October 3, 2021

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Name Heart Insight Brisbane Meditation Group

Schedule

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Exploring Insight – A series of talks on the three characteristics for Heart Insight Brisbane Meditation Group

This is a series of talks exploring the three characteristics of impermanence (anicca), pain (dukkha) and not-self (anatta). For the Buddha, “insight” means seeing into these three characteristics. At the moment it looks like these talks will be delivered online via Zoom, although this can change depending on the pandemic.

The talks will be held during the Heart Insight meeting, which takes place from 6:00 to 8:00 p.m. Australian Eastern Standard Time (AEST) on Sunday nights. There will be five talks: Sunday 6 June; Sunday 4 July; Sunday 1 August; Sunday 3 October; and Sunday 5 December.

Zoom Meeting Details:
https://us02web.zoom.us/j/82953076905?pwd=SlVoZjY1S0Y1L2RkaERVSXR5ajlsdz09
 
Meeting ID: 829 5307 6905
Passcode: 416428

For more information about Heart Insight, visit their website.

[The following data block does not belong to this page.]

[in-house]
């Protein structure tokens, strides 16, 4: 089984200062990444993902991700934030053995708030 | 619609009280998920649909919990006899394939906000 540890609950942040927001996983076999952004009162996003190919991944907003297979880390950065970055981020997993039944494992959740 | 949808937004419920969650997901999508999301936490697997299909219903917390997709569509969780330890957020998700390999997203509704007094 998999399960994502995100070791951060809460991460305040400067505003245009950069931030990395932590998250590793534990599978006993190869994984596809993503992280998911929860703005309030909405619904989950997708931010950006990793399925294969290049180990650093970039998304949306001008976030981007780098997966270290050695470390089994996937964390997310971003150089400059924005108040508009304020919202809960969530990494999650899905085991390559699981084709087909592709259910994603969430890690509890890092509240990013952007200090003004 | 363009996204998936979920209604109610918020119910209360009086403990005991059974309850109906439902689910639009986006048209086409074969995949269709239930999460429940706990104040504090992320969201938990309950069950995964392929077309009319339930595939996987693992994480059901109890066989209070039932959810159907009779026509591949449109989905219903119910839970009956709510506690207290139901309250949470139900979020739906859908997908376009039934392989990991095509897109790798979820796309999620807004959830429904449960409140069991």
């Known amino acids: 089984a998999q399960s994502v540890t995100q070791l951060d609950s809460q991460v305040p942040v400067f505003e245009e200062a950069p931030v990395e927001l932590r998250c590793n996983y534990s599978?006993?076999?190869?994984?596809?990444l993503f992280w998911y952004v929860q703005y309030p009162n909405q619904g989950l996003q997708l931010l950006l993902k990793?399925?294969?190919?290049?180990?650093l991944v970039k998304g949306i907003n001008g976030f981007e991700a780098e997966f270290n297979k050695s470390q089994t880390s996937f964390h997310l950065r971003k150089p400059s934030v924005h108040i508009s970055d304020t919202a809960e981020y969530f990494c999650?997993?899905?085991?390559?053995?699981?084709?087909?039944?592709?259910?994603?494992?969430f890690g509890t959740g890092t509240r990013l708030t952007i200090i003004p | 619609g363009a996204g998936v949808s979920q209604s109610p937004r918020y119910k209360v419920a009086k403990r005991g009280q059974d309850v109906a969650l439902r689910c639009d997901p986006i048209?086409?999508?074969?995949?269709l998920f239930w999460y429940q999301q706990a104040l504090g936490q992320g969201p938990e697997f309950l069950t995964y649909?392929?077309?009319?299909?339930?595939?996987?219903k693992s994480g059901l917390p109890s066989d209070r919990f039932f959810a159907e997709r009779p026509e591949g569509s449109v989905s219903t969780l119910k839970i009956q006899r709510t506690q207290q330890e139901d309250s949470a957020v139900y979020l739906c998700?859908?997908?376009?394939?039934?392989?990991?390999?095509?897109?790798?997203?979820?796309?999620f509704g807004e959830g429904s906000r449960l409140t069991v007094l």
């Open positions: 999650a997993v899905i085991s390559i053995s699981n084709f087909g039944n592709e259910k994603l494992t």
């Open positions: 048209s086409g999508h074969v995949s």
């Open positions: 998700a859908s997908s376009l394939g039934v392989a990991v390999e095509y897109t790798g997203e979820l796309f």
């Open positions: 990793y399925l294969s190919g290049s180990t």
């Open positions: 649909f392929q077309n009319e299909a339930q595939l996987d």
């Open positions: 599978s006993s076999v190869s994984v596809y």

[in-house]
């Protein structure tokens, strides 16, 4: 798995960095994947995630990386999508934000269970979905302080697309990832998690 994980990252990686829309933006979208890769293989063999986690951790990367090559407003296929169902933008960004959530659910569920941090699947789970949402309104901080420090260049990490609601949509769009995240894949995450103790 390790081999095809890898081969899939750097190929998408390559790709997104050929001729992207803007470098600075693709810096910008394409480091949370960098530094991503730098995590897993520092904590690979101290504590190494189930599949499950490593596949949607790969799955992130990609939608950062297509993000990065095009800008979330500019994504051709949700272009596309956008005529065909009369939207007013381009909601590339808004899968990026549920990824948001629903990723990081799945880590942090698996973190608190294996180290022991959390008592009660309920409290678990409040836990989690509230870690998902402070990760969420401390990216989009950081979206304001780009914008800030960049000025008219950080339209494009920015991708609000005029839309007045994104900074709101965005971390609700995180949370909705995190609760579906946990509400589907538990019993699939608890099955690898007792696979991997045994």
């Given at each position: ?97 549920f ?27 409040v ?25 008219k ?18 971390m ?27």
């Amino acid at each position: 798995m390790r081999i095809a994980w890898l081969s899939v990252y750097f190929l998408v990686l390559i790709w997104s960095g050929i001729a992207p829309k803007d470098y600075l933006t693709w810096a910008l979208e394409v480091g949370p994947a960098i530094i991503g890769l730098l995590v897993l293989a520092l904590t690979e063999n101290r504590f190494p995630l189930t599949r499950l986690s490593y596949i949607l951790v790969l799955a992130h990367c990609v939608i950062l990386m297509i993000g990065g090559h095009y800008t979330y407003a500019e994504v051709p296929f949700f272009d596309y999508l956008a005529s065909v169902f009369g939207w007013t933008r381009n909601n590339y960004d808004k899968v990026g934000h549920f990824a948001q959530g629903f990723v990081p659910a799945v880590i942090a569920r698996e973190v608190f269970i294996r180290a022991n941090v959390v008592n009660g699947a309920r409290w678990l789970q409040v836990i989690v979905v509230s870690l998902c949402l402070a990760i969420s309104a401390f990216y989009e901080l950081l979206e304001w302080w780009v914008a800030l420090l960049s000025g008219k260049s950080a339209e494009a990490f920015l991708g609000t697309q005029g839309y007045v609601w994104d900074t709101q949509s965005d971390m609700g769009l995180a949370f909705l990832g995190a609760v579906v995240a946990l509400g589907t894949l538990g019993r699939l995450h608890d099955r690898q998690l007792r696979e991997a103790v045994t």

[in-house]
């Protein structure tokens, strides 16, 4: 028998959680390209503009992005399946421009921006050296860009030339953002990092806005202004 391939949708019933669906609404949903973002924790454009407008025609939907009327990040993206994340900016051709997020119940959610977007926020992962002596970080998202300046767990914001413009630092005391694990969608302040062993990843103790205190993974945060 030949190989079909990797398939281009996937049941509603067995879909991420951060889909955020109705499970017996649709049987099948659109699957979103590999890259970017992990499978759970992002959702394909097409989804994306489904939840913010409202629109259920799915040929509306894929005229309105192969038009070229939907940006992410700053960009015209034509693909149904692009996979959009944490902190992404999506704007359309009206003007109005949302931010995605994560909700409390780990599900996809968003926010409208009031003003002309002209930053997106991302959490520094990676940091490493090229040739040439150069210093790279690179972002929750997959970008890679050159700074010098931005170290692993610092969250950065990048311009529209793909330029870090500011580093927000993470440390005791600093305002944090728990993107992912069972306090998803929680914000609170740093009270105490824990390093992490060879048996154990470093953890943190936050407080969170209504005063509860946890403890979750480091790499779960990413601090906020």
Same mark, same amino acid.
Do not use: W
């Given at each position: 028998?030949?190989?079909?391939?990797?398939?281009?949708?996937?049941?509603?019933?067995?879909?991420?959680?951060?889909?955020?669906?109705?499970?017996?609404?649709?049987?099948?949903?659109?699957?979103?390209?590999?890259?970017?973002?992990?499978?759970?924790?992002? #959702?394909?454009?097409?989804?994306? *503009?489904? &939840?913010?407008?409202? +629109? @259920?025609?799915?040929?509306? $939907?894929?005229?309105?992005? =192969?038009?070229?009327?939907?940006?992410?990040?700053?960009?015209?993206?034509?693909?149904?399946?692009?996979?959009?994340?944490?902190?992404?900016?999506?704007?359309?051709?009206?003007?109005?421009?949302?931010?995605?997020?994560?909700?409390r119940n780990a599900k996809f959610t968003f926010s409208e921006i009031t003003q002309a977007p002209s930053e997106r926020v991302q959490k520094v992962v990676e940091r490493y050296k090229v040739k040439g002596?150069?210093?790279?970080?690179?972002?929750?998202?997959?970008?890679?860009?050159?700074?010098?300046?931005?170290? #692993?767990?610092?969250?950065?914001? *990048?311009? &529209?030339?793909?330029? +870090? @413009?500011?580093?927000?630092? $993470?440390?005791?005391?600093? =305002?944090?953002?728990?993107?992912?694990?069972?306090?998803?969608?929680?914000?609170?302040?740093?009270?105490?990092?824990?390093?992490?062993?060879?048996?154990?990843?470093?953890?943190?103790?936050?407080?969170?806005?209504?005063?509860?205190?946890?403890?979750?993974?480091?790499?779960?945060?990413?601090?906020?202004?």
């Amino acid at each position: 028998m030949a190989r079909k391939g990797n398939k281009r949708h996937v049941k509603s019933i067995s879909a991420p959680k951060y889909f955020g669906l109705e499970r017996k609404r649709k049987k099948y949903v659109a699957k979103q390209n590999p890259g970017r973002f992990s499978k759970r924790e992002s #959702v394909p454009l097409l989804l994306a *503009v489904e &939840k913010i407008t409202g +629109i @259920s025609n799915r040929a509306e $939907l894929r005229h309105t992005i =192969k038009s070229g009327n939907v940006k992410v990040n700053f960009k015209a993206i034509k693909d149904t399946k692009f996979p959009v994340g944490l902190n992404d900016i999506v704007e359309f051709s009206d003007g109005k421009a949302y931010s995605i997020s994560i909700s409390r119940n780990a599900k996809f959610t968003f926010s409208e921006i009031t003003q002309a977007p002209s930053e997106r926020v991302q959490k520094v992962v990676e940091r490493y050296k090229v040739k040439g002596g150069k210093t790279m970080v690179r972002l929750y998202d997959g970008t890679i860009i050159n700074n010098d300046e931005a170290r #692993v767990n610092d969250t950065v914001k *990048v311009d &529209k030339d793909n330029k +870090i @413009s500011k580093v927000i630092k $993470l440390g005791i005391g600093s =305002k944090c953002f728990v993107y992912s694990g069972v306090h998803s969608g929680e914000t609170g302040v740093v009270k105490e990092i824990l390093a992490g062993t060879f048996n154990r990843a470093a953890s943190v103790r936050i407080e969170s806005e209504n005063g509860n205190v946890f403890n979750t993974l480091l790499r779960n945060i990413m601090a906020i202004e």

Sunday 1 August 2021
Exploring Dukkha

The second characteristic of experience is dukkha, classically translated as “suffering.” However, there is no English equivalent for dukkha because it covers the whole range of disagreeable experiences, from the most extreme agony to the subtlest dis-ease. Why does the Buddha see it as so important? Where does it fit in our meditation practice? How does it provide us with “insight” (vipassanā)? We will explore these and related questions during this talk.

Sunday 3 October
Is anyone here?

Tonight we explore the Buddha’s teaching of anattā (not-self) by examining the cultural and historical context within which the Buddha practised and taught. The young dharma student who subsequently became the Buddha was deeply steeped in the tradition of the Upaniṣads, and in particular the Bṛhadāraṇyaka Upaniṣad. At the centre of this tradition was the teaching of ātman. Yet, once he became a teacher in his own right the Buddha taught the exact opposite – anātman, or in Pāli, anattā. Why did he do this? What was the problem he saw in the ātman-vada, the doctrine of self, that made him so determined to abandon it?

Sunday 5 December
Practising not-self

In our first talk on anattā we looked at why the Buddha rejected the teaching of ājtman (self) in favour of anātman (not-self). Tonight we will explore what he meant by not-self and how this perception appears in our practice.

The recordings of these talks are available on the Audio page of this website, or you can access them directly from SoundCloud.